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Tell me about converting a church to a house?!

(16 Posts)
LoosingBattle Thu 25-Oct-12 20:49:23

The church in our tiny rural village has come up for sale and we have fallen in love with the idea of buying it and turning it into a house. (the church has a huge family history for me, every generation from my great-great grandparents to me have been christened and married in the church)

Just at the very early stages at the moment but the dream is there. Has anyone done this? Any pearls of wisdom to share?

I would link to the church but i'd be scared someone else would fall in love with it! grin It is beautiful and pretty cheap at £35k (it has a lot of ground). Have spoken to the Church of Scotland about it and have arranged a visit with architect/builder.

lalalonglegs Thu 25-Oct-12 20:54:47

I haven't done this but have seen many - my advice would be to get a very, very good architect as, depending on the building of course, churches often don't convert very well, especially into single dwellings, and remain looking like churches that people are sort of camping in. Be prepared for lots of conservation issues and I wouldn't go in with any ideas of, "This will make a really good bedroom, lets keep some of the pews and we can put the kitchen over there in the vestry." The best conversions I have seen have been very radical and slightly disrespectful grin.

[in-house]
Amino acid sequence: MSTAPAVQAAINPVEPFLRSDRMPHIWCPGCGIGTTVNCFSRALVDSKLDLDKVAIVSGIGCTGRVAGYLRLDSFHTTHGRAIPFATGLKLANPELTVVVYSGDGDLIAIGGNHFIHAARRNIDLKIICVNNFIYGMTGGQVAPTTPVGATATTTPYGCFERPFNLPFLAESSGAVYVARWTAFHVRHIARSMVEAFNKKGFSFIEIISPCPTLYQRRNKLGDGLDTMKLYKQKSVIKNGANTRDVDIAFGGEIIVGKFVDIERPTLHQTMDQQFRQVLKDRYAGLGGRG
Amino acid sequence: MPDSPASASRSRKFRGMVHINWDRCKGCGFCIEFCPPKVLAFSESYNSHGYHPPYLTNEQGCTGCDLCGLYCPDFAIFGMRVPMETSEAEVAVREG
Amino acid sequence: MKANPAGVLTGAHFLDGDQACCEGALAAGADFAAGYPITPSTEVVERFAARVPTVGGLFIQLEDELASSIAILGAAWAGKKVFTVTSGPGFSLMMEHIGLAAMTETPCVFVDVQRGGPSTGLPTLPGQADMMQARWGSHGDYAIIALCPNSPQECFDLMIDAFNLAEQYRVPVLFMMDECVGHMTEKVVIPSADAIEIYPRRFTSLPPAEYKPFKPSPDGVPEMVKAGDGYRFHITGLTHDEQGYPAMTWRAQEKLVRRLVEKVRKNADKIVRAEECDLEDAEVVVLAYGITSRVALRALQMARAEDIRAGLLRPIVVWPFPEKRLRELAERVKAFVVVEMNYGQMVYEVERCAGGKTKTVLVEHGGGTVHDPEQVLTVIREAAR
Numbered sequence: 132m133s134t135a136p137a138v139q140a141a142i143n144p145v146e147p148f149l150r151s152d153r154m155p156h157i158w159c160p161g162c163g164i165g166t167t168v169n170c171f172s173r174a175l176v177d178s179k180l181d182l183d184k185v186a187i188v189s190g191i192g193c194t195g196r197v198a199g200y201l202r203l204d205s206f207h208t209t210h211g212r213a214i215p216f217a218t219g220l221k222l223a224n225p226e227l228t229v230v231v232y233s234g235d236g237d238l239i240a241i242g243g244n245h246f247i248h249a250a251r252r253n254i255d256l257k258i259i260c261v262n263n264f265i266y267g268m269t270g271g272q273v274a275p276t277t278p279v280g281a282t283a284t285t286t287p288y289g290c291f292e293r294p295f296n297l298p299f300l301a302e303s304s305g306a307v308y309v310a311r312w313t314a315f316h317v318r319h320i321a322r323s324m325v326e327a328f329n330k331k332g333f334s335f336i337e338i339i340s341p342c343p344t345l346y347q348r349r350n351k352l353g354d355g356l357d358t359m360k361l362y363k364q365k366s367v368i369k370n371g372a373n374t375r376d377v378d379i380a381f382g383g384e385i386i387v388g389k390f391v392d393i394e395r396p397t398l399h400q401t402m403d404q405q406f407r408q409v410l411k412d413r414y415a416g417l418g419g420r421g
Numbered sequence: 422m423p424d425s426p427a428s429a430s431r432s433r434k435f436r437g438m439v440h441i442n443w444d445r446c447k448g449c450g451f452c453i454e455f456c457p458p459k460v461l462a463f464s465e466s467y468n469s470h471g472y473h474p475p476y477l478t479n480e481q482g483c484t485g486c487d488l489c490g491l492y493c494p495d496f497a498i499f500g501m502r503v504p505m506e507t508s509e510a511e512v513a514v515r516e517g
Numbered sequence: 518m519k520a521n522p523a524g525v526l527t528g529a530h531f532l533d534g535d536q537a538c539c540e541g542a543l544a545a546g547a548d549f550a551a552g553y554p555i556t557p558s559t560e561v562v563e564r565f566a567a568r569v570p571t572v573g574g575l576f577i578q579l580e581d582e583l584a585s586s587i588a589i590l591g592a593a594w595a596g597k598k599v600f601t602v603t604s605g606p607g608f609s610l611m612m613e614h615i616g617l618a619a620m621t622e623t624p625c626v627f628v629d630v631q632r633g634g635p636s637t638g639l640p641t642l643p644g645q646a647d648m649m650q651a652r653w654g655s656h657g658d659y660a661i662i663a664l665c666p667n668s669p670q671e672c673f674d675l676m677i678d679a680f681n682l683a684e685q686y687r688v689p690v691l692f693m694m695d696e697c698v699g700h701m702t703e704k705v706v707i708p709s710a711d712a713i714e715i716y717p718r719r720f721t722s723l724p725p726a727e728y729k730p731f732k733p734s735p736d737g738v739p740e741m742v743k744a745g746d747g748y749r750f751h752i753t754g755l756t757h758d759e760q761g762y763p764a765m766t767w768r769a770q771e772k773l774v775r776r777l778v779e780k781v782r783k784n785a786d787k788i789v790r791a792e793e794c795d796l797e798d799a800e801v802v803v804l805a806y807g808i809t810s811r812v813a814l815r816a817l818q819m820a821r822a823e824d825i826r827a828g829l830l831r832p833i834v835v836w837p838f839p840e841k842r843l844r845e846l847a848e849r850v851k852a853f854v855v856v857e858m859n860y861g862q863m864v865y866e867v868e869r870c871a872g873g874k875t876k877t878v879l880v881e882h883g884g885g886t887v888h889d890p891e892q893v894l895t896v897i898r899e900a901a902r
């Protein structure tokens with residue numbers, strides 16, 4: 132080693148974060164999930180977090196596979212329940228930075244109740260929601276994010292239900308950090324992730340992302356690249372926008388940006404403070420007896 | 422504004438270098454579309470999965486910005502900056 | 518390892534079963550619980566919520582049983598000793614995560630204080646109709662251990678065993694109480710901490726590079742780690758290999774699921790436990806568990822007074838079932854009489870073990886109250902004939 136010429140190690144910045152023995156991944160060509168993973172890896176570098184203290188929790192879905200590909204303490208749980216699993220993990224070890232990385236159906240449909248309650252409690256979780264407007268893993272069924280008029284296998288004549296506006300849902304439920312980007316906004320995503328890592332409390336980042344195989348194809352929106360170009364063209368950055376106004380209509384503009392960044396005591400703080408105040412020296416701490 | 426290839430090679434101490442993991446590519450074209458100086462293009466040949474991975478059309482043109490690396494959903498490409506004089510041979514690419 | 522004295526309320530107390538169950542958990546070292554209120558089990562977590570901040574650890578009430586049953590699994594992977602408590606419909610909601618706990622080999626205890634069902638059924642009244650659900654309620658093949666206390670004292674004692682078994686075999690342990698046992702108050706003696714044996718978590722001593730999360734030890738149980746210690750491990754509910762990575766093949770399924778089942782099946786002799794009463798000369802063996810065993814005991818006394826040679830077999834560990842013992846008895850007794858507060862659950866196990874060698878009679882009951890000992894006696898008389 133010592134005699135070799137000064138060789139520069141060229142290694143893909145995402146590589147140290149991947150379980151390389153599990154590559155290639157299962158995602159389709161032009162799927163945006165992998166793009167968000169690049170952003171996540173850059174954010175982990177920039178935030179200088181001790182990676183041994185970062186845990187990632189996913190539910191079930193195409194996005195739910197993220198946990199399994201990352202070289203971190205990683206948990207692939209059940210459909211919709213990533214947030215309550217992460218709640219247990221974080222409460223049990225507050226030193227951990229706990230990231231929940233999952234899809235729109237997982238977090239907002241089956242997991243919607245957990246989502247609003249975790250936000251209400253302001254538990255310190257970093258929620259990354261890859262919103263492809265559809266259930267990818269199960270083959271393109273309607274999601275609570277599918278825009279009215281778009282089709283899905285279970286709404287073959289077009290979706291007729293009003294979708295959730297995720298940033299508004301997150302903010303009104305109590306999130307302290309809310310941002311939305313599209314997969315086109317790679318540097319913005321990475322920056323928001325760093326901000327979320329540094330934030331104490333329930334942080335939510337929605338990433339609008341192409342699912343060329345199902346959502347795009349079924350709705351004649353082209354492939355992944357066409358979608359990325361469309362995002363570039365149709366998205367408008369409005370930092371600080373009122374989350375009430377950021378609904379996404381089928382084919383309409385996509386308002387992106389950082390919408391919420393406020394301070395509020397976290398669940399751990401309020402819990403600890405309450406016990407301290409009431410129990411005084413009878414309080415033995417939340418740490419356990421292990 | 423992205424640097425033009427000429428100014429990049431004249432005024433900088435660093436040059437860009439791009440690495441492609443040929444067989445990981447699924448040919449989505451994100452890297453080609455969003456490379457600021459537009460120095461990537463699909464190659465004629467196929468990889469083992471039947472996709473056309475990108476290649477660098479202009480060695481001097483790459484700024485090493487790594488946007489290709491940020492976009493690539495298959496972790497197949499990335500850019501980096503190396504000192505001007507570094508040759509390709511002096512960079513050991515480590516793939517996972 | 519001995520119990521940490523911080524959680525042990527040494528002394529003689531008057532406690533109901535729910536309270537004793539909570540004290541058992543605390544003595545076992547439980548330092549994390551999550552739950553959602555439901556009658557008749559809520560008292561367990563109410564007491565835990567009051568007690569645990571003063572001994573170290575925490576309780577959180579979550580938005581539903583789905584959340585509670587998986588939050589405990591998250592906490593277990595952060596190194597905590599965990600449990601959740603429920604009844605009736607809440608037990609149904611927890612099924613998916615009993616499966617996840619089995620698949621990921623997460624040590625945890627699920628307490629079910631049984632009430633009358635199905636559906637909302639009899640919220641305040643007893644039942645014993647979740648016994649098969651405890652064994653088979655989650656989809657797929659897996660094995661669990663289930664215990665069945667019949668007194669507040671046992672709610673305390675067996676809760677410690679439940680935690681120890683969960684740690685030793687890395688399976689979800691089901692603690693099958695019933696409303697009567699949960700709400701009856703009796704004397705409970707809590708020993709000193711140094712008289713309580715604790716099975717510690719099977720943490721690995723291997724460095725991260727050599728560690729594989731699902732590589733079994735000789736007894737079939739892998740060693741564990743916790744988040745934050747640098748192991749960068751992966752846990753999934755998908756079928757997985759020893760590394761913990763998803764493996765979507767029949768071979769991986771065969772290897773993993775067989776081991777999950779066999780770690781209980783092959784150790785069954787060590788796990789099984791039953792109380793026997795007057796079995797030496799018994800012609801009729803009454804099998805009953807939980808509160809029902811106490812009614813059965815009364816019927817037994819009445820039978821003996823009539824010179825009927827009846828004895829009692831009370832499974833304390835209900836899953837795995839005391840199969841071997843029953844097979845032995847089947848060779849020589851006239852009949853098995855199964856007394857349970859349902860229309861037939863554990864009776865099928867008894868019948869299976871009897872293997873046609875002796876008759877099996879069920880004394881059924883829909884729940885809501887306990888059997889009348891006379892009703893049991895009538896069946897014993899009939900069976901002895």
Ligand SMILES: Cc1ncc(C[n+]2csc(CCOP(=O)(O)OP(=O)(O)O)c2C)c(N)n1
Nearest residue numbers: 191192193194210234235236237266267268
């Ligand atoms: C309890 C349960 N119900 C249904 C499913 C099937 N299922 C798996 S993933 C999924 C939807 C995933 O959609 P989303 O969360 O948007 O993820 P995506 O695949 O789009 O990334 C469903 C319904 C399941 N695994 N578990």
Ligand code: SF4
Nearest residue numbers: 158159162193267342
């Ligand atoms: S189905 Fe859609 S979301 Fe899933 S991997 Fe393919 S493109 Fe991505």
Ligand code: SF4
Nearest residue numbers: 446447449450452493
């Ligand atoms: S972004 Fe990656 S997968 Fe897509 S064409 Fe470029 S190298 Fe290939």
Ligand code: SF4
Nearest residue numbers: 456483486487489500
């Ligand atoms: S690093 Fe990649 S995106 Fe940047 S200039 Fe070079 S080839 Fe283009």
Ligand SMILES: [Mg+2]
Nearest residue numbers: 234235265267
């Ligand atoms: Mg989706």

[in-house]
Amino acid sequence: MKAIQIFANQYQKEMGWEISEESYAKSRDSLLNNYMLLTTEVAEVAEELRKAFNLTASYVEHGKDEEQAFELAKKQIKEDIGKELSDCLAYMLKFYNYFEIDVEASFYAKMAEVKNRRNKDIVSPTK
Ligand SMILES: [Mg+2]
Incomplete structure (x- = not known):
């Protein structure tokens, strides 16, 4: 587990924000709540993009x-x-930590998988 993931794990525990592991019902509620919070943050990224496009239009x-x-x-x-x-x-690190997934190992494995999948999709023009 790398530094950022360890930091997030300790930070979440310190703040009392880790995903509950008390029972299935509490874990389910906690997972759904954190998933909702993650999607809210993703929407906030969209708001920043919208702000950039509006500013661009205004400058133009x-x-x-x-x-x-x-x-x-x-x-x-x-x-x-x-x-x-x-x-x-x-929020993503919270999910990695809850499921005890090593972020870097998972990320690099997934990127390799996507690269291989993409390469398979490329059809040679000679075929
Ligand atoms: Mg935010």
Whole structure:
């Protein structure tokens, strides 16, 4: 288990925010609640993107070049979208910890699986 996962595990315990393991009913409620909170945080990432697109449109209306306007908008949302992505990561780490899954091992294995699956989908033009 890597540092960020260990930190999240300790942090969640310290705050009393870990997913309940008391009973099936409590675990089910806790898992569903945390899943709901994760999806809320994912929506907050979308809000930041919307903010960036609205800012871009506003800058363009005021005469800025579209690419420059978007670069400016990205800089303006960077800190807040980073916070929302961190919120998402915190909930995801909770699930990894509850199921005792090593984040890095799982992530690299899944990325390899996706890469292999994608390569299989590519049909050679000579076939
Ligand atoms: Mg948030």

Good luck - I hope you get it.

LoosingBattle Thu 25-Oct-12 21:02:03

Thanks grin

Sure I recognise your name from my previous postings on this board (I have name changed). We were desperately trying to sell our house in Glasgow to move back to where I grew up and your advice was great. We eventually sold our house and lo and behold couldn't find anything to buy so have been renting...until now smile

TheMysteryCat Thu 25-Oct-12 21:05:17

Check the RIBA conservation architects register. Where roughly are you? I could take quick peek to recommend in your area. You could get the architect to come have look with you to check initial viability. Good estate agent may also recommend.